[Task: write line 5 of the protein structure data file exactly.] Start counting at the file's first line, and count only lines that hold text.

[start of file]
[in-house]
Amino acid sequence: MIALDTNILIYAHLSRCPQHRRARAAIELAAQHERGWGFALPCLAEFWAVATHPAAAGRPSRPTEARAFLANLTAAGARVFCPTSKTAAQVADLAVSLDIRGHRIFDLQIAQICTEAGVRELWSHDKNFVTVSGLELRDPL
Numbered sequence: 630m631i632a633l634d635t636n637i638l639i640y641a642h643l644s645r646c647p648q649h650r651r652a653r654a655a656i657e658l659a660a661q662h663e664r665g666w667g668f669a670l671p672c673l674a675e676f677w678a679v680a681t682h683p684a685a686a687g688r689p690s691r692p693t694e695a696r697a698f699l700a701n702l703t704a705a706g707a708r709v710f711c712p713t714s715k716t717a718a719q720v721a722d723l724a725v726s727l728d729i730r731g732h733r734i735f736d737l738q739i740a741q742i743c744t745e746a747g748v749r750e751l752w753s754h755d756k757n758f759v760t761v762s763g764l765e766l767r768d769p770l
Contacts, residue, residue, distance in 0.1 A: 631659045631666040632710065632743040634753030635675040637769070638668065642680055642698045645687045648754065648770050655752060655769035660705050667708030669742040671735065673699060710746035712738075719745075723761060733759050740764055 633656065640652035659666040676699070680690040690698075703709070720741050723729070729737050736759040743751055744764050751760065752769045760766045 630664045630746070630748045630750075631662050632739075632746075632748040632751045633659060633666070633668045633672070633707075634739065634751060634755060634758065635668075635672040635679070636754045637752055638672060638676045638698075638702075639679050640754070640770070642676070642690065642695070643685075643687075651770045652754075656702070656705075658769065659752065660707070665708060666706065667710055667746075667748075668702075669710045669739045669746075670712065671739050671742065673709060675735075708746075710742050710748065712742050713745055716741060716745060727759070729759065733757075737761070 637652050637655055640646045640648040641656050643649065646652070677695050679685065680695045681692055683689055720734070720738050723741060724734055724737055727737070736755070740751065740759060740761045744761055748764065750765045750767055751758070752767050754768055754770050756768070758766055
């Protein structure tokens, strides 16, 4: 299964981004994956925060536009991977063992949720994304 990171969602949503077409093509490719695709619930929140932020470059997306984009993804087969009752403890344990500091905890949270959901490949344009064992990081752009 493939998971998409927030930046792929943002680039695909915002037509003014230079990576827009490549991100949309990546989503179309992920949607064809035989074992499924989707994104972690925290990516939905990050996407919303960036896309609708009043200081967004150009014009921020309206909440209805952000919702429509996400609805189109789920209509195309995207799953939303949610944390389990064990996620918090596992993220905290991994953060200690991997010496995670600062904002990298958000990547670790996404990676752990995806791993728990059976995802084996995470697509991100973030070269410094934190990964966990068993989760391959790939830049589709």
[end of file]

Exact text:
């Protein structure tokens, strides 16, 4: 299964981004994956925060536009991977063992949720994304 990171969602949503077409093509490719695709619930929140932020470059997306984009993804087969009752403890344990500091905890949270959901490949344009064992990081752009 493939998971998409927030930046792929943002680039695909915002037509003014230079990576827009490549991100949309990546989503179309992920949607064809035989074992499924989707994104972690925290990516939905990050996407919303960036896309609708009043200081967004150009014009921020309206909440209805952000919702429509996400609805189109789920209509195309995207799953939303949610944390389990064990996620918090596992993220905290991994953060200690991997010496995670600062904002990298958000990547670790996404990676752990995806791993728990059976995802084996995470697509991100973030070269410094934190990964966990068993989760391959790939830049589709």